The Department for Business, Energy and Industrial Strategy (BEIS) is launching a program to promote the use of artificial intelligence to reduce the UK’s carbon emissions.
The AI for Decarbonisation program is part of the government’s wider £1bn net zero innovation portfolio, which aims to provide funding for low-carbon technologies to help bring them to market faster.
The EIB said the scheme would not only help the UK reach its net-zero goals, but also help reduce energy costs and increase the growth of AI technology market in the country.
The program is composed of two separate grant funding streams, which will be launched in phases.
The first, with a value of up to £500,000, will be used to co-fund a virtual center of excellence on AI innovation and decarbonisation until March 2025. The second has a value of up to £1 million and is designed to fund projects that will accelerate the development of artificial intelligence technologies that enable decarbonisation.
“The UK is one of the most advanced AI economies in the world and AI technology is already having a transformative impact on our economy and society,” said George Freeman, UK Science Minister. “But there is huge potential to do more.
“The AI for Decarbonisation program offers an exciting opportunity to leverage and build on the UK’s outstanding industry expertise.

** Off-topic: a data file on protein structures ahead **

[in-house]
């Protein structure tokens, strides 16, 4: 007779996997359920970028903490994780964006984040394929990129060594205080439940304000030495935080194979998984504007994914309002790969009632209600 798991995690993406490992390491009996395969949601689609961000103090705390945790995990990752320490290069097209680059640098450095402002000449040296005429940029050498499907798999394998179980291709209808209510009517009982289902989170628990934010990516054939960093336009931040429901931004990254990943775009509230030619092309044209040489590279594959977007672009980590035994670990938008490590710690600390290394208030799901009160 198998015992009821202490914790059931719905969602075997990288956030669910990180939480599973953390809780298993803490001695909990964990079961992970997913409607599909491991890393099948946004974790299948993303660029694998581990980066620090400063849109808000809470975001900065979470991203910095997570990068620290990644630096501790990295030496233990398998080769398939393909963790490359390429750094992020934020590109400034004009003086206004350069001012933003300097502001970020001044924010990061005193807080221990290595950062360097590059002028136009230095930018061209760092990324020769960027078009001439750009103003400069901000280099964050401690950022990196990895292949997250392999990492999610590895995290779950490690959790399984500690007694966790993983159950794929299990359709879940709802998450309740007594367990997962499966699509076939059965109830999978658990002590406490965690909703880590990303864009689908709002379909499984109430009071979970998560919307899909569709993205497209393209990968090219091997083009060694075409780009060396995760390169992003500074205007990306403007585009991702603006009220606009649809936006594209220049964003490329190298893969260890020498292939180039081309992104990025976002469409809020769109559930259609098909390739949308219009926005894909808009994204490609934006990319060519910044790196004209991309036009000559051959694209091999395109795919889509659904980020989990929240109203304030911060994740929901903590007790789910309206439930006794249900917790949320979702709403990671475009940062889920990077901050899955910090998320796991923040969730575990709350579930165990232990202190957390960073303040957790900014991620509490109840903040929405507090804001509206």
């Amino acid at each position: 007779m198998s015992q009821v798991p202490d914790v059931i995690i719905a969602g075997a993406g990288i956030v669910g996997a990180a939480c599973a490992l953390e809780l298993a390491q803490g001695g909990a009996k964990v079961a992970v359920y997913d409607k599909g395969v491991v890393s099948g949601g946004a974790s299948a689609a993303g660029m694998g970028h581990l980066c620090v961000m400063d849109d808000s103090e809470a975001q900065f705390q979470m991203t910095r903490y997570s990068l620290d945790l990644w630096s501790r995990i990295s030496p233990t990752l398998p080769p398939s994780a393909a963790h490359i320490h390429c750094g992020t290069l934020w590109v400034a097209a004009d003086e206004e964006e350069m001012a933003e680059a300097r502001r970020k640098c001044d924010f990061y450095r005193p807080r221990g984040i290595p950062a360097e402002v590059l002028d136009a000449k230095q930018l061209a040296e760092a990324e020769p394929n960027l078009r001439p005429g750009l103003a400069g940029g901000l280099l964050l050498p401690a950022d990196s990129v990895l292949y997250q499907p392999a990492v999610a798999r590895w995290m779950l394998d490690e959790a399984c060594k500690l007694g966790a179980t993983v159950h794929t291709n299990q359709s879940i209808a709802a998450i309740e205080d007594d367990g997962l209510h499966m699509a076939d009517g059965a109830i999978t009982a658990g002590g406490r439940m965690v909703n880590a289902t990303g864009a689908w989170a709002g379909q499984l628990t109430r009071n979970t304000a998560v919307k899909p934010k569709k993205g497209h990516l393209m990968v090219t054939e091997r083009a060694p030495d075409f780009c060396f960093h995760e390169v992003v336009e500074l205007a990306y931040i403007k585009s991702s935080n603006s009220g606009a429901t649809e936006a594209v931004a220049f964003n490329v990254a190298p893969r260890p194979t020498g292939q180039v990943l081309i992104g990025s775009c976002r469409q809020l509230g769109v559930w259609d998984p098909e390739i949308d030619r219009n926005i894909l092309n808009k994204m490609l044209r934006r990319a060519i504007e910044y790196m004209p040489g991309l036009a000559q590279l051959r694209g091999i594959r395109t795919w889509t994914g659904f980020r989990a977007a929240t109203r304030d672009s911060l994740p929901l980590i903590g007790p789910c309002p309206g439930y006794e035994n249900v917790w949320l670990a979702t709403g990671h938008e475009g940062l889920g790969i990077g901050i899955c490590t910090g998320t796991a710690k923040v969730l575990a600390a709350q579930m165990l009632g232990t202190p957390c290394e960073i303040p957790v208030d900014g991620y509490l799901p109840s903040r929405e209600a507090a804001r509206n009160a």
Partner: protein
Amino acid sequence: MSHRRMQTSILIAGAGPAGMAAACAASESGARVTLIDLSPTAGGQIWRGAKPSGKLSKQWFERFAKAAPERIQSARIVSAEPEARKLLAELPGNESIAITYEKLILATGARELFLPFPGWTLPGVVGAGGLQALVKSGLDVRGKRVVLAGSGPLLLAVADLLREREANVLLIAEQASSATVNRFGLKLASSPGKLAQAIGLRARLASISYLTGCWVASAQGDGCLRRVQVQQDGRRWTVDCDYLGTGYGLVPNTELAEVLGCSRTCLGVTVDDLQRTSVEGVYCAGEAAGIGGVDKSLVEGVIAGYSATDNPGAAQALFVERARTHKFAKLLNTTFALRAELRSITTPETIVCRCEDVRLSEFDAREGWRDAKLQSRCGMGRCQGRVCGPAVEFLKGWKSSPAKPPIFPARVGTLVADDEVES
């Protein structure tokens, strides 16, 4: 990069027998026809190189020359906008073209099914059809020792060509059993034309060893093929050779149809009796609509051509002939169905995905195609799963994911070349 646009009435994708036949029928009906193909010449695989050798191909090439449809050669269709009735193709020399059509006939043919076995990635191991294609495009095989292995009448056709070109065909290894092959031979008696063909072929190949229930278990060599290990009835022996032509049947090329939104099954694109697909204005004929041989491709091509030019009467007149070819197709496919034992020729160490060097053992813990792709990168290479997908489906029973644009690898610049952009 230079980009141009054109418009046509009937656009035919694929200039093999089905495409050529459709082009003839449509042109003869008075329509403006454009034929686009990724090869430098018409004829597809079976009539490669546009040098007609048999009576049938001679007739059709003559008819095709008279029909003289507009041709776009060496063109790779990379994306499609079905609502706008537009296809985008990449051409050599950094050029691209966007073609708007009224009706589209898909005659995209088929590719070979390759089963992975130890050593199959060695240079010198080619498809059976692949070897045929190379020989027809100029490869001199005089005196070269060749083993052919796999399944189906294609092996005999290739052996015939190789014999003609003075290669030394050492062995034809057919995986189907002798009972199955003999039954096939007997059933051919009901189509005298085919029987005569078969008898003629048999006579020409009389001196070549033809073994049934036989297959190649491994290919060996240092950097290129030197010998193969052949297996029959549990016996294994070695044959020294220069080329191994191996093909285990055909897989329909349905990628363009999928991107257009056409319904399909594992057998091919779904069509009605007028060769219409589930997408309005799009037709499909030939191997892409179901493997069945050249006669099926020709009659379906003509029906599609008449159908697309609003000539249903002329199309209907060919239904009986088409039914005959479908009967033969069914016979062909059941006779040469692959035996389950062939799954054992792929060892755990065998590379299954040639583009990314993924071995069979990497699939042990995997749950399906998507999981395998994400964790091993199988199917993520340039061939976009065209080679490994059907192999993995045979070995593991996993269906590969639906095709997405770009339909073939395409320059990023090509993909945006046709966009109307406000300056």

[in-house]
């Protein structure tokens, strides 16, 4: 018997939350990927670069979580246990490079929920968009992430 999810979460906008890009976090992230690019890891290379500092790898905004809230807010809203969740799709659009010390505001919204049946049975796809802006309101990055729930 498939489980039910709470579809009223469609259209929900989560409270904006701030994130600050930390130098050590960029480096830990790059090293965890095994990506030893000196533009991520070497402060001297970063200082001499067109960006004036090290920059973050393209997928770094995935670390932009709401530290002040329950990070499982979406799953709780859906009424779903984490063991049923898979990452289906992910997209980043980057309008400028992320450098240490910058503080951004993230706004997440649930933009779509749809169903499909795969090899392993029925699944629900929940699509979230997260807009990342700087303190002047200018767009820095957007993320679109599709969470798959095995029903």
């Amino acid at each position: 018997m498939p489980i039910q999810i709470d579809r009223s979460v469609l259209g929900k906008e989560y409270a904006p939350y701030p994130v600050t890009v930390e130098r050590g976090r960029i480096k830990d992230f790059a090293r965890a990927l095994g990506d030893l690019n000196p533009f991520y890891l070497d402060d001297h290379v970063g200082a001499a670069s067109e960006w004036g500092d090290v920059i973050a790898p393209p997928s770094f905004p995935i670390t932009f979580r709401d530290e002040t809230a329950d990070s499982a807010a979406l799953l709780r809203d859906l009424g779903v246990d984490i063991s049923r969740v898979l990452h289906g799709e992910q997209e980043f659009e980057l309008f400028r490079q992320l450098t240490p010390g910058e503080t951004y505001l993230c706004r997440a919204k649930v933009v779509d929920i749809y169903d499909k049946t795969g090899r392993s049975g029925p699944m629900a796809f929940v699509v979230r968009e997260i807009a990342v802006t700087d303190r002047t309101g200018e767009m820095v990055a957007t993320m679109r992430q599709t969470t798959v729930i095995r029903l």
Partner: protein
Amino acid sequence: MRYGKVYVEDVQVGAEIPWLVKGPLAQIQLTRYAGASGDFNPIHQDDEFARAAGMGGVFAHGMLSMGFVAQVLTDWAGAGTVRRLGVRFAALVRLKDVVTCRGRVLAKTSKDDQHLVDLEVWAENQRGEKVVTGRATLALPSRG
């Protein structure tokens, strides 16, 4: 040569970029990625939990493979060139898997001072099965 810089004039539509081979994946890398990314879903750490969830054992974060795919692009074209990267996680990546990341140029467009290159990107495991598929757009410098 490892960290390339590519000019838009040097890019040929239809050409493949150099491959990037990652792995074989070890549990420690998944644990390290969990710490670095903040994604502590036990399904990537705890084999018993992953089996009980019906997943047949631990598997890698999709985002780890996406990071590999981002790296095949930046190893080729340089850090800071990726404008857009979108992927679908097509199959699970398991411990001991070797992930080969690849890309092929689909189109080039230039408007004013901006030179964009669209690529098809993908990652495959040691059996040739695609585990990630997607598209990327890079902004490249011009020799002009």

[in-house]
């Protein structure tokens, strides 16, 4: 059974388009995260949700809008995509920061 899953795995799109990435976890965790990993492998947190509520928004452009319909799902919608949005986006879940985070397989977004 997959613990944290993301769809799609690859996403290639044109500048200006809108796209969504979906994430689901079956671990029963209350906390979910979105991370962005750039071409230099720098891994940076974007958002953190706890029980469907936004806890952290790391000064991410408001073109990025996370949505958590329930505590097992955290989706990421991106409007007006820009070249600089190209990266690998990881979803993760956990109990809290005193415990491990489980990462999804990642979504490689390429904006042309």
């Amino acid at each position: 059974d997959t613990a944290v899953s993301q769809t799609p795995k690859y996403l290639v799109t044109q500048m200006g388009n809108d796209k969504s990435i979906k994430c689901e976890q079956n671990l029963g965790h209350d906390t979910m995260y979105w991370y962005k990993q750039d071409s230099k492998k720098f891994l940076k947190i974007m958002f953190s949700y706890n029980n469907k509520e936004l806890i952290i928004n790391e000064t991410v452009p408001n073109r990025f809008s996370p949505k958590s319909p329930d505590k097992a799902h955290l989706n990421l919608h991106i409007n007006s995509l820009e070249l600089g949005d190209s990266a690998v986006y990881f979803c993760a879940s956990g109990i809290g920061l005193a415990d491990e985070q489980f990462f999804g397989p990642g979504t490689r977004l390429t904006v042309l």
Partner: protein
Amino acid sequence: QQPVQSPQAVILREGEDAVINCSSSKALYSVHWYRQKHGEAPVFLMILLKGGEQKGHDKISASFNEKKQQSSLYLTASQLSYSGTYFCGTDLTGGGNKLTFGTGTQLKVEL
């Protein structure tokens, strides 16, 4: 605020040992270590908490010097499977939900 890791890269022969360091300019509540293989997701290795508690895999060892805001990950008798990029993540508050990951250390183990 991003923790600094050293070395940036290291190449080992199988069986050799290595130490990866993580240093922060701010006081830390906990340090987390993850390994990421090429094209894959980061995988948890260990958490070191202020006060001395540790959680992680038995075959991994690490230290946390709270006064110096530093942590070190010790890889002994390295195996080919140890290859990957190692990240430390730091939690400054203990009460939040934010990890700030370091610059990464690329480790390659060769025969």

“Putting this fast-evolving technology into action will enable us to save energy costs for businesses and households, create high-value, skilled jobs and jump-start millions of pounds of private investment, whilst also supporting our net-zero goals.” “.
The BEIS has encouraged projects that facilitate a faster switch to renewable energy, decarbonise industry by increasing energy productivity and switching to fuels and reduce emissions in agriculture to apply. The application period should be open until January 19, 2023.
BEIS said it also plans to follow up on this program next year with additional funding that will be used to support “priority areas in AI innovation” identified by the virtual center of excellence as “critical to achieving net zero”.
The launch of the program follows the publication of the AI 2021 national strategyillustrating ways artificial intelligence could be used to help the UK reach its net-zero goals.
Over the past year, AI solutions have become increasingly popular as tools to solve some of society’s current and future challenges.
Recently, RResearchers at the University of Kansas have used machine learning to create ‘deep mock’ proteins to detect polluting metal ions in water, and a team from the The University of the West of Scotland has created an AI to rapidly detect a range of different lung diseases in minutes, with a claimed accuracy of around 98%.
While AI has great potential, it can also cause harm. To safeguard the digital and civil rights of users in a world powered by artificial intelligence, the White House recently unveiled a new Charter of AI rights.
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